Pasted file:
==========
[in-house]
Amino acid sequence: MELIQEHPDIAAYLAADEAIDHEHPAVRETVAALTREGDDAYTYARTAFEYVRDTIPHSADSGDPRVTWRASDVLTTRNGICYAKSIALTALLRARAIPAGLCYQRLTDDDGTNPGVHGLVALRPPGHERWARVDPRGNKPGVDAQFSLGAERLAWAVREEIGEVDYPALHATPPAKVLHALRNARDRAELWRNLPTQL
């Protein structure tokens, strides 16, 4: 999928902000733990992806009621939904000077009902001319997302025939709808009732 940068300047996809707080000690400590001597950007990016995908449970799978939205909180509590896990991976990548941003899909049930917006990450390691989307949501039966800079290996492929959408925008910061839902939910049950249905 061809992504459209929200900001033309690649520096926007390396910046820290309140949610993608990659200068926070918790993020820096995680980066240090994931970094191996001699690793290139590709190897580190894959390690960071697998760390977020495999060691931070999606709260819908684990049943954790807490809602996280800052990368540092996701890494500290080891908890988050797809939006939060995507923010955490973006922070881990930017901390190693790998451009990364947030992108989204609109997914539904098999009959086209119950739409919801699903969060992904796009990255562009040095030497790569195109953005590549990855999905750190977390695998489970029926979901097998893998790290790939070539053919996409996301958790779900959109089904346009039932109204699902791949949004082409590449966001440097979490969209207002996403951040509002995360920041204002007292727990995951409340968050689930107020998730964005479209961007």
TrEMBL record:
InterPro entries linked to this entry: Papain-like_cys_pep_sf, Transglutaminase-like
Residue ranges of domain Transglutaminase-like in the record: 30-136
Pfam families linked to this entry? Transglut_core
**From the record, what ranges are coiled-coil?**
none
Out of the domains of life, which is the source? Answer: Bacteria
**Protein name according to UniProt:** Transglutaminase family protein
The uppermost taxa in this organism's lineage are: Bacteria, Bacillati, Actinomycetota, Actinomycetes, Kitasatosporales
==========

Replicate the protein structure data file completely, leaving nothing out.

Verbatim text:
[in-house]
Amino acid sequence: MELIQEHPDIAAYLAADEAIDHEHPAVRETVAALTREGDDAYTYARTAFEYVRDTIPHSADSGDPRVTWRASDVLTTRNGICYAKSIALTALLRARAIPAGLCYQRLTDDDGTNPGVHGLVALRPPGHERWARVDPRGNKPGVDAQFSLGAERLAWAVREEIGEVDYPALHATPPAKVLHALRNARDRAELWRNLPTQL
């Protein structure tokens, strides 16, 4: 999928902000733990992806009621939904000077009902001319997302025939709808009732 940068300047996809707080000690400590001597950007990016995908449970799978939205909180509590896990991976990548941003899909049930917006990450390691989307949501039966800079290996492929959408925008910061839902939910049950249905 061809992504459209929200900001033309690649520096926007390396910046820290309140949610993608990659200068926070918790993020820096995680980066240090994931970094191996001699690793290139590709190897580190894959390690960071697998760390977020495999060691931070999606709260819908684990049943954790807490809602996280800052990368540092996701890494500290080891908890988050797809939006939060995507923010955490973006922070881990930017901390190693790998451009990364947030992108989204609109997914539904098999009959086209119950739409919801699903969060992904796009990255562009040095030497790569195109953005590549990855999905750190977390695998489970029926979901097998893998790290790939070539053919996409996301958790779900959109089904346009039932109204699902791949949004082409590449966001440097979490969209207002996403951040509002995360920041204002007292727990995951409340968050689930107020998730964005479209961007």
TrEMBL record:
InterPro entries linked to this entry: Papain-like_cys_pep_sf, Transglutaminase-like
Residue ranges of domain Transglutaminase-like in the record: 30-136
Pfam families linked to this entry? Transglut_core
**From the record, what ranges are coiled-coil?**
none
Out of the domains of life, which is the source? Answer: Bacteria
**Protein name according to UniProt:** Transglutaminase family protein
The uppermost taxa in this organism's lineage are: Bacteria, Bacillati, Actinomycetota, Actinomycetes, Kitasatosporales